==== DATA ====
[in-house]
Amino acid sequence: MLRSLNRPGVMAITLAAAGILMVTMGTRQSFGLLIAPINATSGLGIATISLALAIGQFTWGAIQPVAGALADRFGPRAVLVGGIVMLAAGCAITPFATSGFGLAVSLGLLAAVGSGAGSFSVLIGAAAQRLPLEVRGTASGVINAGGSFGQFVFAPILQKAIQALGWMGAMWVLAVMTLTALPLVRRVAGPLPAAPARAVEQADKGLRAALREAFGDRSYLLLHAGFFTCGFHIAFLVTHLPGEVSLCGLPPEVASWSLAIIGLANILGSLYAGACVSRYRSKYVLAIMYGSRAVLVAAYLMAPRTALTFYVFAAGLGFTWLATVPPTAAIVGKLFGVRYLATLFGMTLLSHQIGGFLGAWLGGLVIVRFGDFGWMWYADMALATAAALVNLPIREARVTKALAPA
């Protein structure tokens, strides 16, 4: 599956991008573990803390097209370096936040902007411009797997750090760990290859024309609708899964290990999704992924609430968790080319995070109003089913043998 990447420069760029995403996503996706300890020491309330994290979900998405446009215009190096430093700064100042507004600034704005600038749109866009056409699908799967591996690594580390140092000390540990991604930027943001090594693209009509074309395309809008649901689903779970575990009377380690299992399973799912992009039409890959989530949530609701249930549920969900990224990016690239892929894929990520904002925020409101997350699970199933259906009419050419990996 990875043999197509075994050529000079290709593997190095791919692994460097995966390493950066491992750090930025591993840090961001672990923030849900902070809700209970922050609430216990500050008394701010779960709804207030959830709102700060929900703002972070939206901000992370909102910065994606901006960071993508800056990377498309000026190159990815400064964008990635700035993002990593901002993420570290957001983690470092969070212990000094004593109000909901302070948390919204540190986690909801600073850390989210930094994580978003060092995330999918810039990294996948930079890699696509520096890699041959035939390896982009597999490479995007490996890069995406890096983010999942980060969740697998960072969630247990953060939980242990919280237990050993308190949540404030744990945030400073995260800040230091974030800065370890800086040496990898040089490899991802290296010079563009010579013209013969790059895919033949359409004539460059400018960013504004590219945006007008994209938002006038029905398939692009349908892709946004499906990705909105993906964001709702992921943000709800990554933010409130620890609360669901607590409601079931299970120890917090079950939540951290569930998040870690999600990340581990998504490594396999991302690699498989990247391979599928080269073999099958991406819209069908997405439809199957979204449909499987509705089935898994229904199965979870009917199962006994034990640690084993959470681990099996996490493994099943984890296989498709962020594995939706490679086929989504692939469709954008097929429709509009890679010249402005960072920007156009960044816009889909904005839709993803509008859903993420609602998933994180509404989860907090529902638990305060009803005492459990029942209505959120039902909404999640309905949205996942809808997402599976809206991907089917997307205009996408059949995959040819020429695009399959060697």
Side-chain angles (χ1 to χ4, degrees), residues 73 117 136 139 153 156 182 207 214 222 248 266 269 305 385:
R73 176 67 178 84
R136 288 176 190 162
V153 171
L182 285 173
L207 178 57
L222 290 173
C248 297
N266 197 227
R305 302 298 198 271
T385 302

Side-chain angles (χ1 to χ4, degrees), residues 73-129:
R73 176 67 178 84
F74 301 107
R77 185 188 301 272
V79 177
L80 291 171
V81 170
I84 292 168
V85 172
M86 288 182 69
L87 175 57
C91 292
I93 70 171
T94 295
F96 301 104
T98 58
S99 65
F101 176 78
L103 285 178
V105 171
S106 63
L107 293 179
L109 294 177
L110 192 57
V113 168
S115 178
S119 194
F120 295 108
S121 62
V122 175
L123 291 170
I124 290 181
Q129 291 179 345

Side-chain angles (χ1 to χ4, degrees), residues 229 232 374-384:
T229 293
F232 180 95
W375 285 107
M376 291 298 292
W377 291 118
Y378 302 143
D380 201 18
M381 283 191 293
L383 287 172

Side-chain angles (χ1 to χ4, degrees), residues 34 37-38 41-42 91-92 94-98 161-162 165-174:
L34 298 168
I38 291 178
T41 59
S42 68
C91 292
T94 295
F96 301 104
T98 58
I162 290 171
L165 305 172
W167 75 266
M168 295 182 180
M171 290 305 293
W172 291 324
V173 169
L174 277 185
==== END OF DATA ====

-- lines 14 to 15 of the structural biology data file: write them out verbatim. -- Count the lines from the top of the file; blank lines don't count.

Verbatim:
T385 302

Side-chain angles (χ1 to χ4, degrees), residues 73-129: